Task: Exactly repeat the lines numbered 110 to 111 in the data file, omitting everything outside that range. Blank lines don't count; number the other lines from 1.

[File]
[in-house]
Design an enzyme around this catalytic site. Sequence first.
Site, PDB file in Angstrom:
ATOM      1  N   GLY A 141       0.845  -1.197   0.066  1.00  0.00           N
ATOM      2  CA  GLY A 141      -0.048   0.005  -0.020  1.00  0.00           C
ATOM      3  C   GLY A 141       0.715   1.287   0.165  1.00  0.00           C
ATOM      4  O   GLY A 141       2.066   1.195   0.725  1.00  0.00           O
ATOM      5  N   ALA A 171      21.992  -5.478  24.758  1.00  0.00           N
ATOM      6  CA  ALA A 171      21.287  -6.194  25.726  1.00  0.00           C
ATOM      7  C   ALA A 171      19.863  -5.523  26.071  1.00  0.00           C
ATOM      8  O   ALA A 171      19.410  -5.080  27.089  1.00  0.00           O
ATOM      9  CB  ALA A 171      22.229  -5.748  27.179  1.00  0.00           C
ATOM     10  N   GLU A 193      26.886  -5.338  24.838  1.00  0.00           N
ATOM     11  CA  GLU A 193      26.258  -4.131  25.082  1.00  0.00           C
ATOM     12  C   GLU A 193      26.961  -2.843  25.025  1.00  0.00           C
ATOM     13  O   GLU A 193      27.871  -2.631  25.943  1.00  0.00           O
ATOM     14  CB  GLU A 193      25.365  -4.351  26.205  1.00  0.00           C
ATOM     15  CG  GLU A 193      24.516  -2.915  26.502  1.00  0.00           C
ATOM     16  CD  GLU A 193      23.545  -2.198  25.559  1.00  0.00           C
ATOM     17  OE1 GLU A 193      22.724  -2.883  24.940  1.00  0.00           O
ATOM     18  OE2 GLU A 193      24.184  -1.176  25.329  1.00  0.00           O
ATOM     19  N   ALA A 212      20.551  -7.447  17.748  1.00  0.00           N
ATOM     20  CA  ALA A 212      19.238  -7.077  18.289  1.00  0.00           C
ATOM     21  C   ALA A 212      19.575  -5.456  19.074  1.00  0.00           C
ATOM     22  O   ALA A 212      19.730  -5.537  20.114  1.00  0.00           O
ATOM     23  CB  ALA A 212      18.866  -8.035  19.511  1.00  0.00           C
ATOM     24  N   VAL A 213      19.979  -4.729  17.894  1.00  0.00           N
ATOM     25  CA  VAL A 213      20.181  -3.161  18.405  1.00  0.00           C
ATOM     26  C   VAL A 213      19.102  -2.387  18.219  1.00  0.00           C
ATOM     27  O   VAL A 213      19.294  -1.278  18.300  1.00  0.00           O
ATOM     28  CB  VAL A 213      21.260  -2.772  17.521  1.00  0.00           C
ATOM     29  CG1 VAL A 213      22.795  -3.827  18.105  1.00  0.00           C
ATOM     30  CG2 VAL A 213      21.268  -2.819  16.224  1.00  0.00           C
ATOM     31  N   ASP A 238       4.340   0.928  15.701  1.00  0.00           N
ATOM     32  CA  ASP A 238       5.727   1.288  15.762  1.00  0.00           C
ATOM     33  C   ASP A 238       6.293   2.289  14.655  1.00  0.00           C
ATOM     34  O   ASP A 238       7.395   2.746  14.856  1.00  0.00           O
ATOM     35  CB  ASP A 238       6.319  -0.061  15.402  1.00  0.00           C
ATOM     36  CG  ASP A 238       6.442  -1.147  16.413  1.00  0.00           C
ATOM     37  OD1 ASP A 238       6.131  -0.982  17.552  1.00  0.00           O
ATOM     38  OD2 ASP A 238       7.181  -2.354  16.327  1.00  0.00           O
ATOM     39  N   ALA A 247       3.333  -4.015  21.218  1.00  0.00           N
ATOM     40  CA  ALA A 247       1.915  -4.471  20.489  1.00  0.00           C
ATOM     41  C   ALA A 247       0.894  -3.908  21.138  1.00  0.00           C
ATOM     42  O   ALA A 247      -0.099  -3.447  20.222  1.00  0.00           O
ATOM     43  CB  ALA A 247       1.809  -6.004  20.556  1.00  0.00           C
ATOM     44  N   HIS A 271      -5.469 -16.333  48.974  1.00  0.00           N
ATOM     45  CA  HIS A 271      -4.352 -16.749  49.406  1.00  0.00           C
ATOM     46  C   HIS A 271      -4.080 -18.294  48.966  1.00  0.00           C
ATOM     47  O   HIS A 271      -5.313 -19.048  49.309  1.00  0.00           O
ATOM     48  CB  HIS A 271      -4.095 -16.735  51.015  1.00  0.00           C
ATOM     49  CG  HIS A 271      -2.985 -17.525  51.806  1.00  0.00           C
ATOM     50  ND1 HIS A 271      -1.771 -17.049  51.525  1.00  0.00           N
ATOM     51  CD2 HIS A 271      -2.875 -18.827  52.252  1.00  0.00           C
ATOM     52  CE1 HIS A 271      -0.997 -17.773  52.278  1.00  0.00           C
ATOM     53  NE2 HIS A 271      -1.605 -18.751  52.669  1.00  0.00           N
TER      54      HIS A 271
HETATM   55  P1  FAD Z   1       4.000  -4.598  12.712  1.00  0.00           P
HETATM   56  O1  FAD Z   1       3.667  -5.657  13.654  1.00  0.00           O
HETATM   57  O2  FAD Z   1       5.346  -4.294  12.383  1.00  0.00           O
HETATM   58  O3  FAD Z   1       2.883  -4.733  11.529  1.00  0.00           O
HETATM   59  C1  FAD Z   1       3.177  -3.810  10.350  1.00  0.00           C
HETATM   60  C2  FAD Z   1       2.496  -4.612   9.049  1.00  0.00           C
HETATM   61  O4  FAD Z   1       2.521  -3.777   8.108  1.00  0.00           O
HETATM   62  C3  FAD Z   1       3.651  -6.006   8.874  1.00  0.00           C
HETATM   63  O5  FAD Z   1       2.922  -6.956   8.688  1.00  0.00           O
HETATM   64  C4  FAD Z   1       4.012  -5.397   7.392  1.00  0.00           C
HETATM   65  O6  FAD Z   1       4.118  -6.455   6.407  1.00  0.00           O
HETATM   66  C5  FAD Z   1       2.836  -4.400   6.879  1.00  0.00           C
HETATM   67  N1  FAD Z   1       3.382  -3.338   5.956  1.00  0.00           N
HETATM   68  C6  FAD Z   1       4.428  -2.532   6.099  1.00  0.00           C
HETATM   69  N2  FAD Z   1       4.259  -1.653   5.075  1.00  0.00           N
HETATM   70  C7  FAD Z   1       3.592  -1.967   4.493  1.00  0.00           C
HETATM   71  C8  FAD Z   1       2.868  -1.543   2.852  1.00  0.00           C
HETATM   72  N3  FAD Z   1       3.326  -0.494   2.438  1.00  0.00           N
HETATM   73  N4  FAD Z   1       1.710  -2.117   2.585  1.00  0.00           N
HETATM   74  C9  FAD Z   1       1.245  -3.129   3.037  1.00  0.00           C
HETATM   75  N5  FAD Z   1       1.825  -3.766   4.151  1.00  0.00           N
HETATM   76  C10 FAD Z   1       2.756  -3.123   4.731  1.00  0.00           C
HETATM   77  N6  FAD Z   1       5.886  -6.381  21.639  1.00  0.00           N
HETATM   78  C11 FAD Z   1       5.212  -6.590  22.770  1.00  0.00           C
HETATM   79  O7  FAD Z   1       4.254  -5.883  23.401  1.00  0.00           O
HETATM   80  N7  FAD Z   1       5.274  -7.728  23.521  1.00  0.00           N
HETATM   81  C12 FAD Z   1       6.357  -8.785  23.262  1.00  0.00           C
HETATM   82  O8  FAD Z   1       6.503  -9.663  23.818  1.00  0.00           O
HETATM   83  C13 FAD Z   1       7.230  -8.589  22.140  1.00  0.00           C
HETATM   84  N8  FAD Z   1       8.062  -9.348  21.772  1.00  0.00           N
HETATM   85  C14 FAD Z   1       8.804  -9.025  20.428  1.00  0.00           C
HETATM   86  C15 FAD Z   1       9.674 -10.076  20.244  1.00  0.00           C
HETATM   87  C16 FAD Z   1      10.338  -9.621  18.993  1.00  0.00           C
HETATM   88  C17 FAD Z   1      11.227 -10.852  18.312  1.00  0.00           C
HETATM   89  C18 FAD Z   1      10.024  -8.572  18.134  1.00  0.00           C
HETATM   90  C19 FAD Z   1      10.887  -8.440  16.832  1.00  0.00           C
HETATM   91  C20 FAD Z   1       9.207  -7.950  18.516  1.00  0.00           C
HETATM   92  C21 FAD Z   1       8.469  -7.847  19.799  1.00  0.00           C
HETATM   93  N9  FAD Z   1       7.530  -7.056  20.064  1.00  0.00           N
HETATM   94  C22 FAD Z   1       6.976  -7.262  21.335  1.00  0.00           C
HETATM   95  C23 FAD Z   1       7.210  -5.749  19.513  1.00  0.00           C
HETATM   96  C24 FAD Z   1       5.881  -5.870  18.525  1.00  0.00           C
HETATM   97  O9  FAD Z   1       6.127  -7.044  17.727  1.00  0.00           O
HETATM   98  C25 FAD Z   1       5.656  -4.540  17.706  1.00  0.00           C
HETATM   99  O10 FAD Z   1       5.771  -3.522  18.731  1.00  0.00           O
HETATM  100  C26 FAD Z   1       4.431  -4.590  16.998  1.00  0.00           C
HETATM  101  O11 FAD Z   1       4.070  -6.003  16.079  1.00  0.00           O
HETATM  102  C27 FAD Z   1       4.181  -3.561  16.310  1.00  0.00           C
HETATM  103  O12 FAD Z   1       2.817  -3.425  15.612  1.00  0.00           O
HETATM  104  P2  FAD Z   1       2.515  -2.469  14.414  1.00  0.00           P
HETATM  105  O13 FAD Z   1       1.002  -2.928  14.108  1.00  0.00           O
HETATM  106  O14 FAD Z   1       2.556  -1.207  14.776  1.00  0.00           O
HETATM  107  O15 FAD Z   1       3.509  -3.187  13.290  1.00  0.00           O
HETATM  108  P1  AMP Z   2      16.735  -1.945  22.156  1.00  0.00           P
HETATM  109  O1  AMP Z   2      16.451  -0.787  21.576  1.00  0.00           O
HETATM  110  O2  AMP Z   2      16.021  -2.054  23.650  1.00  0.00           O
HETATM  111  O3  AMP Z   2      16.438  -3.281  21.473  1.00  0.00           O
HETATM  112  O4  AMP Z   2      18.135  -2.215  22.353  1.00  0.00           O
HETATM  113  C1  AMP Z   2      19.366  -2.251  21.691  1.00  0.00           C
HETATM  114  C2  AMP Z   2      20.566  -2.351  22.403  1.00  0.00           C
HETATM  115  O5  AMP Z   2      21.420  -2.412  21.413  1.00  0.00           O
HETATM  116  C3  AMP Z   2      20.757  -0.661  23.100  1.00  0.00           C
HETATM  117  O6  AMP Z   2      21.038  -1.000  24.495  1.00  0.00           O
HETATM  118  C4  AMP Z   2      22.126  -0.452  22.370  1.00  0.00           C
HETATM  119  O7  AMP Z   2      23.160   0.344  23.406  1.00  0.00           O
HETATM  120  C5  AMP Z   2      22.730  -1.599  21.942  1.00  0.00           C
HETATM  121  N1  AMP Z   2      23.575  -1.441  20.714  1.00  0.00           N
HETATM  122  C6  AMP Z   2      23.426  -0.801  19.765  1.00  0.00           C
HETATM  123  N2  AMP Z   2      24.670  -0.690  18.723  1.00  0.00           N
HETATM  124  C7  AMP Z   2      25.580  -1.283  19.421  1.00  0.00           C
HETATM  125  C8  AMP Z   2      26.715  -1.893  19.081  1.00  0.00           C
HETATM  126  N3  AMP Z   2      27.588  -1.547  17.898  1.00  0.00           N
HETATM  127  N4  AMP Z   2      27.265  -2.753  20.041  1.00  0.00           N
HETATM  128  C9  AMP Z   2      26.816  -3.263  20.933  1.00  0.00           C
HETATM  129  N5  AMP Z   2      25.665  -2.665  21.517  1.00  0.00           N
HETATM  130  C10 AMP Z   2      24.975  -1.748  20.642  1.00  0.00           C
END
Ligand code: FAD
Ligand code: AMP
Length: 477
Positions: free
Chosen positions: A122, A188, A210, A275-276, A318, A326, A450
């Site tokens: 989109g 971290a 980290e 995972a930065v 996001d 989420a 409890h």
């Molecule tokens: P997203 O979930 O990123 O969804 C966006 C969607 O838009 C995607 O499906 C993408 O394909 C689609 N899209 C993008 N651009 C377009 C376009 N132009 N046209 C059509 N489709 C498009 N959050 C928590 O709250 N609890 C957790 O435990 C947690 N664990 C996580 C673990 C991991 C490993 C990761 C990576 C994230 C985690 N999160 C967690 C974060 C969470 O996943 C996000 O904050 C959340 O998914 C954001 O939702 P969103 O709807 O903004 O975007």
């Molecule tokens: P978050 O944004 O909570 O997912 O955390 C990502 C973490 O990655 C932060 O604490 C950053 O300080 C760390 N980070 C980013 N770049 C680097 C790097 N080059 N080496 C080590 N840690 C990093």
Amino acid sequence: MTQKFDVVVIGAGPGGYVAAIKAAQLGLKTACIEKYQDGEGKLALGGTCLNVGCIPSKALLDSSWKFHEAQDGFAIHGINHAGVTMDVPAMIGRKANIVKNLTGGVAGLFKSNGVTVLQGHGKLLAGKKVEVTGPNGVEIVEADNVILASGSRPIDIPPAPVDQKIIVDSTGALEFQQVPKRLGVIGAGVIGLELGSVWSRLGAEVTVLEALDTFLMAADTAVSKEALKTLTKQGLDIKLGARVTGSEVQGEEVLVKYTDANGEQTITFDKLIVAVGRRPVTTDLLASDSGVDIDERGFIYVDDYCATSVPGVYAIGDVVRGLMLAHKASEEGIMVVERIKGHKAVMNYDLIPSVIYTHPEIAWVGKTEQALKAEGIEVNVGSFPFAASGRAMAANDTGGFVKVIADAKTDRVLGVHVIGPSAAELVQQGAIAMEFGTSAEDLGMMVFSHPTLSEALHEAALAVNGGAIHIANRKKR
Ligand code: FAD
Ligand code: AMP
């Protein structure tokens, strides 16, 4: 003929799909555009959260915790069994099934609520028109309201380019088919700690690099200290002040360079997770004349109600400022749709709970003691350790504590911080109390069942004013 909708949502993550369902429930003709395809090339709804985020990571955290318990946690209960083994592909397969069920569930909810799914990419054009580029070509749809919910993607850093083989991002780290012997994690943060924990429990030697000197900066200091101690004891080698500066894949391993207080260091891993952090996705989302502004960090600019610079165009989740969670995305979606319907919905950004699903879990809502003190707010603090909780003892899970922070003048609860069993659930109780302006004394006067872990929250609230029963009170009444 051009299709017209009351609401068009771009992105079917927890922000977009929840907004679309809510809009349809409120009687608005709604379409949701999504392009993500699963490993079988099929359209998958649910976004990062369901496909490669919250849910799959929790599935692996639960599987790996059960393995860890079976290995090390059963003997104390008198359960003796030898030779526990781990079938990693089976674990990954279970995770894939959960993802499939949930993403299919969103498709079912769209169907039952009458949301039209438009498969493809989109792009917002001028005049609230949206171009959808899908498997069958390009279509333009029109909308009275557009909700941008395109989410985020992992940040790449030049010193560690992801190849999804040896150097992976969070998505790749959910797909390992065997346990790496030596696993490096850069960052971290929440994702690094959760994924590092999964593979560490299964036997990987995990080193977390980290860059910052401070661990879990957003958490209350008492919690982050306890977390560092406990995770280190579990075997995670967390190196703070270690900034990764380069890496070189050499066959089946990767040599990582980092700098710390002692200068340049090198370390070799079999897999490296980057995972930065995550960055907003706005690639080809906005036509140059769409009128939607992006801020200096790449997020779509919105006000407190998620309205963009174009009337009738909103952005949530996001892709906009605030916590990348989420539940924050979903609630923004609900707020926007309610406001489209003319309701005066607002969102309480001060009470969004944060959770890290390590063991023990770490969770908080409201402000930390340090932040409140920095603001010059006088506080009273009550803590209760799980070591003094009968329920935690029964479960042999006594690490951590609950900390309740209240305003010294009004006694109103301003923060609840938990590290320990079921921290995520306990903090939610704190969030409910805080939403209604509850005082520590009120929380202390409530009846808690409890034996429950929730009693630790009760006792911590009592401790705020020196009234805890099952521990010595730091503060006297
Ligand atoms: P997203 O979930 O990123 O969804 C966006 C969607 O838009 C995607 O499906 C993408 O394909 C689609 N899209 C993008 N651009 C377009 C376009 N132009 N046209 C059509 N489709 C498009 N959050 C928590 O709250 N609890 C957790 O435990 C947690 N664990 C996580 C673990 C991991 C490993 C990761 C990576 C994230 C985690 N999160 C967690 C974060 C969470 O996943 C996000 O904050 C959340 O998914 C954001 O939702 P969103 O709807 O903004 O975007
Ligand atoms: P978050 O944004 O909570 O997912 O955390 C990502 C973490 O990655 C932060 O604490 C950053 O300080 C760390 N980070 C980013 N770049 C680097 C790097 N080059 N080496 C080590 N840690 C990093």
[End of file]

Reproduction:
HETATM  107  O15 FAD Z   1       3.509  -3.187  13.290  1.00  0.00           O
HETATM  108  P1  AMP Z   2      16.735  -1.945  22.156  1.00  0.00           P